Class Description

All individual classes that make up this bootcamp are also available here for individual purchase.

AFTER THIS CLASS YOU’LL BE ABLE TO:

  • Develop an understanding of how Photoshop works
  • Create your ideal workspace
  • Configure the essential preference settings
  • Set up Adobe Bridge and Lightroom for optimal integration with Photoshop
  • Navigate multiple images seamlessly

ABOUT BEN’S CLASS:

Adobe® Photoshop® 2020 is a feature-rich creative force, perfect for turning raw ideas into audience-wowing images. With Ben Willmore as your guide, you can master it faster than you think and take on a new decade of projects.

Ben takes you step-by-step through Adobe Photoshop 2020 as only he can. With an easy pace and zero technobabble, he demystifies this powerful program and makes you feel confident enough to create anything. This class is part of a fully-updated bundle – complete with 2020 features and more efficient ways to maximize the tools everyone uses most.

Whether you’re a 20-year designer or you’re opening the app for the first time, this is the perfect way to learn and love using Photoshop. From retouching to masking to troubleshooting, Ben unpacks all the essentials and hidden gems, while giving you real-world examples to drive each lesson home. By the end of the class, you’ll feel eager to make serious magic with Photoshop 2020.

WHO THIS CLASS IS FOR:

  • Beginner, intermediate, and advanced users of Adobe Photoshop.
  • Those who want to gain confidence in Adobe Photoshop and learn new features to help edit photos.
  • Students who’d like to take ordinary images and make them look extraordinary with some image editing or Photoshop fixes.

SOFTWARE USED:

Adobe Photoshop 2020 (V21)

Reviews

Noel Ice
 

I am an avid reader of photoshop books, and an avid watcher of photoshop tutorials. I have attended (internet) several hundred of presentations. In the course of this endeavor, I have found my own favorite photoshop websites and instructors. Creative Live is probably the bargain out there as well as among the top three internet course sites. I have to say with great enthusiasm that the best Photoshop instructor is Ben Willmore. There are many great ones, but truly, he is the best I have come across, and, as indicated above, I have watched literally 100s of tutorials on Photoshop. I have seen all of Ben's courses, I think, and among them, this one is the best by far, and that is saying a lot, because that makes this course the best course on Photoshop to be found anywhere. I am going back and watching it twice. Not only is it comprehensive, but Ben is so familiar with his subject that he is able to explain it like no other. This is crème de la crème of Photoshop classes. I have been wanting to write this review for some time because I have been so thoroughly impressed with everything about this class!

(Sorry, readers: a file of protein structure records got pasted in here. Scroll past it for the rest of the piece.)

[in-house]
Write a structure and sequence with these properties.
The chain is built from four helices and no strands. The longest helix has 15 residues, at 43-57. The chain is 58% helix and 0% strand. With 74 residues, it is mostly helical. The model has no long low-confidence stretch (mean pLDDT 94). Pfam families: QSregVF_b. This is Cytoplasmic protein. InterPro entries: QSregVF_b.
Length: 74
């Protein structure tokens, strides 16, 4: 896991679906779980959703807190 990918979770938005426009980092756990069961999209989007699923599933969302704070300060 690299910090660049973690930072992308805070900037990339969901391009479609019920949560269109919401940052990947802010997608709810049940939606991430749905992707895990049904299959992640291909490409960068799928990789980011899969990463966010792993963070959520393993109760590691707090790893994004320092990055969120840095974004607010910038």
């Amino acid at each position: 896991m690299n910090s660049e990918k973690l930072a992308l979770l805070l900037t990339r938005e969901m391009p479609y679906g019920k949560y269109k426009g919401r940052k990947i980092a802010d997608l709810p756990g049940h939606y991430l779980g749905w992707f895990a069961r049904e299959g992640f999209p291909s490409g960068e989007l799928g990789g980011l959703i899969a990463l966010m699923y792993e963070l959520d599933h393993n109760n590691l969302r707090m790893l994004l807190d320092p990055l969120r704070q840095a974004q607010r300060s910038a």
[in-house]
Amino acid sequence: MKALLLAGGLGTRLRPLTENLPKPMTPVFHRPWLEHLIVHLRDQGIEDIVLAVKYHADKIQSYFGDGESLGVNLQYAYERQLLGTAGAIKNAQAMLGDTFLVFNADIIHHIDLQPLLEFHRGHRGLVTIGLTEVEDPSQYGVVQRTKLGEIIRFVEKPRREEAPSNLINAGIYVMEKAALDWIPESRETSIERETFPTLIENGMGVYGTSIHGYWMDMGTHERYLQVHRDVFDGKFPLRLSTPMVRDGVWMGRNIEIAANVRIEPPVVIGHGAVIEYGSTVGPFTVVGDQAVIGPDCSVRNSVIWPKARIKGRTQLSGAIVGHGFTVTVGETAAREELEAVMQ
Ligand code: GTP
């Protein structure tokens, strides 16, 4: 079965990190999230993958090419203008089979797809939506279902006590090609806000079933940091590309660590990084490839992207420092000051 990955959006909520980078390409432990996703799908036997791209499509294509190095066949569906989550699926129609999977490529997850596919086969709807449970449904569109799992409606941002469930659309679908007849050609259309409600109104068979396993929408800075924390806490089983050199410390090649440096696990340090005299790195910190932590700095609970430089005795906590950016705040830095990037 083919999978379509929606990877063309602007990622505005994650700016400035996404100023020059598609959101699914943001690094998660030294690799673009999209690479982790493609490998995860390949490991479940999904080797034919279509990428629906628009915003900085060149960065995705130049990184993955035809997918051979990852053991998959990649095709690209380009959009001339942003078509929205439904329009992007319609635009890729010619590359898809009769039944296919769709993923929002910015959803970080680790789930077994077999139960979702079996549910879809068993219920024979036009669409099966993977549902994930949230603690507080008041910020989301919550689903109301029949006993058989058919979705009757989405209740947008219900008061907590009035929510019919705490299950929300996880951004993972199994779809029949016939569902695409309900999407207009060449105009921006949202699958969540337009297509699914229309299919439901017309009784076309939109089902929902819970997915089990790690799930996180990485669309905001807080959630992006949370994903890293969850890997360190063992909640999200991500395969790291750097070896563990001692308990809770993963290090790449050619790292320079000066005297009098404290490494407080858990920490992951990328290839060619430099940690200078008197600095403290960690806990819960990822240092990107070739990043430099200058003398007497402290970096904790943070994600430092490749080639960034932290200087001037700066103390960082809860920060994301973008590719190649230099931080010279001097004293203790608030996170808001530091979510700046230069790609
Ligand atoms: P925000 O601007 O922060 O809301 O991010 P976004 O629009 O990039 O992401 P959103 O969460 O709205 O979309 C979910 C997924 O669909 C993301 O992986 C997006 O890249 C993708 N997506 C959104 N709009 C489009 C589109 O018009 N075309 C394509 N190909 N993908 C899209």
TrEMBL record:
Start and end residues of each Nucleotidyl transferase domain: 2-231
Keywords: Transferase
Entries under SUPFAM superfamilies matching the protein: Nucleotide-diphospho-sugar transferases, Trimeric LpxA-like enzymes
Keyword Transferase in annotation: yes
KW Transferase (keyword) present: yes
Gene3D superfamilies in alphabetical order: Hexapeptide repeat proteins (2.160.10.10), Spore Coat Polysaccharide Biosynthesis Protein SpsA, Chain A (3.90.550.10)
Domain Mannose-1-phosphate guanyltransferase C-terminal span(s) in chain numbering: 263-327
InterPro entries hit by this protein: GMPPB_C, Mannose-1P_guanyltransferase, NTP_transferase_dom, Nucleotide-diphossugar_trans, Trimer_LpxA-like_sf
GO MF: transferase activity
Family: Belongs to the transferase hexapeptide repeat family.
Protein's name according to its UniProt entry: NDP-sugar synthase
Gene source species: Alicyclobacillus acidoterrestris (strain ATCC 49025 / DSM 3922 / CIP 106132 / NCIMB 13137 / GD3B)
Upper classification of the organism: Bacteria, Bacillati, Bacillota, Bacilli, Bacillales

a Creativelive Student
 

Wow. I cannot communicate the value of this course!! The true value in this course is how the instructor identifies workflows you'll need before you'll ever realize it, repeats important information without it becoming annoying, and explains the "why" behind the techniques so well that even if you forget the exact method, you can figure it out via the principles learned. Excellent value, excellent material, excellent instructor!!!

marianne
 

The short lessons makes it easy to find things. Clear explanations, structured content, great examples, handbook plus practice images - this class is worth x10 the price! I have seen many of Ben's classes and I'm so happy you created this one, love it